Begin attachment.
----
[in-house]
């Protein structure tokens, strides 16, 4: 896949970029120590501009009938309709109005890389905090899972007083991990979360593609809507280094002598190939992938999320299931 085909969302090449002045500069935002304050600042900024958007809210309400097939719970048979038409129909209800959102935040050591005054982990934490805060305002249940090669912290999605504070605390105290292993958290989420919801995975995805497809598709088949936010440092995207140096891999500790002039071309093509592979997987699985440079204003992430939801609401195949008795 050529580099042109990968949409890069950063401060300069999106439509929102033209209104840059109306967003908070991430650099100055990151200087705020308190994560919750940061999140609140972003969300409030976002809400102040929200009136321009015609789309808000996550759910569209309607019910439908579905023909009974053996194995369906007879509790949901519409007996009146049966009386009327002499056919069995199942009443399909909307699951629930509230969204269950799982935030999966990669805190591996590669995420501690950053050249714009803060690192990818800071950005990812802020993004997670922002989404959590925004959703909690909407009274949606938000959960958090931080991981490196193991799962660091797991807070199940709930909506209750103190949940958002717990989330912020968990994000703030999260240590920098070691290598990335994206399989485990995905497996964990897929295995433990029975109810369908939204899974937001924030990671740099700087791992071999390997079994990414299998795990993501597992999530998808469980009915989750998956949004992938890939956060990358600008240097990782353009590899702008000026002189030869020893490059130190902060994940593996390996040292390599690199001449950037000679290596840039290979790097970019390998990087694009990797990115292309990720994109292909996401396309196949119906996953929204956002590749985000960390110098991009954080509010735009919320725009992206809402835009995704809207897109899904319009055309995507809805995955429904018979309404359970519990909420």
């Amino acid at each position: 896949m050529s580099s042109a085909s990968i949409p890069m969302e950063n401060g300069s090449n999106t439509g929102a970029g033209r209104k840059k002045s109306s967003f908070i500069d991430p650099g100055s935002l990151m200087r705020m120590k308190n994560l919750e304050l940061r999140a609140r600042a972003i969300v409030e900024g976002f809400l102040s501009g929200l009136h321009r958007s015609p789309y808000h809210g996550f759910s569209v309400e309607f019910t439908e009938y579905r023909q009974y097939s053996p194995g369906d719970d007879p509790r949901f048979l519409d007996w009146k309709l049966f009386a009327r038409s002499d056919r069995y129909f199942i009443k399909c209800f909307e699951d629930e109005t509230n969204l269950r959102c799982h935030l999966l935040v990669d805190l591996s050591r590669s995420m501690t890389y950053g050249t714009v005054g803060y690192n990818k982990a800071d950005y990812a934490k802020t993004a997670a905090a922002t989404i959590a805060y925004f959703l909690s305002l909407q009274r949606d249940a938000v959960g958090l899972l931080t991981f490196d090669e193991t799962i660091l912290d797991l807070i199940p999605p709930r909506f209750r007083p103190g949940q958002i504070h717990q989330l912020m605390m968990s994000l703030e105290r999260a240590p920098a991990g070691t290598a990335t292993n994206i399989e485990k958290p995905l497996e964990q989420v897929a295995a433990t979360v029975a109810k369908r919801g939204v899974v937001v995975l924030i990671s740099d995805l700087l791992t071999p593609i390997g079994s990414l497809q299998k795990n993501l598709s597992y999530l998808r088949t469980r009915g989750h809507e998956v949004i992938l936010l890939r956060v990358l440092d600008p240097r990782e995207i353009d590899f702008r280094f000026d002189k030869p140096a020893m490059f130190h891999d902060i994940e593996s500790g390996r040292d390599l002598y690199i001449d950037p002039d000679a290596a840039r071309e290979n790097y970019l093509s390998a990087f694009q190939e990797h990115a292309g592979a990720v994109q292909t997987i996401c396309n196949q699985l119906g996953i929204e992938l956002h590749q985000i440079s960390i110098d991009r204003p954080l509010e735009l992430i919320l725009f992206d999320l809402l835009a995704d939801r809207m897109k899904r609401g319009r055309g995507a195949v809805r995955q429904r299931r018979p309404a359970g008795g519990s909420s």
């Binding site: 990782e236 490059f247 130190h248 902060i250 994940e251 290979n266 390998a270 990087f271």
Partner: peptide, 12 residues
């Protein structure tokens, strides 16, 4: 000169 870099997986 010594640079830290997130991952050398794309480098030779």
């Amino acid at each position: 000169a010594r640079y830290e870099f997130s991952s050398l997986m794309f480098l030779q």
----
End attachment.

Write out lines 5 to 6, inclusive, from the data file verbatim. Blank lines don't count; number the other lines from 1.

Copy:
Partner: peptide, 12 residues
């Protein structure tokens, strides 16, 4: 000169 870099997986 010594640079830290997130991952050398794309480098030779």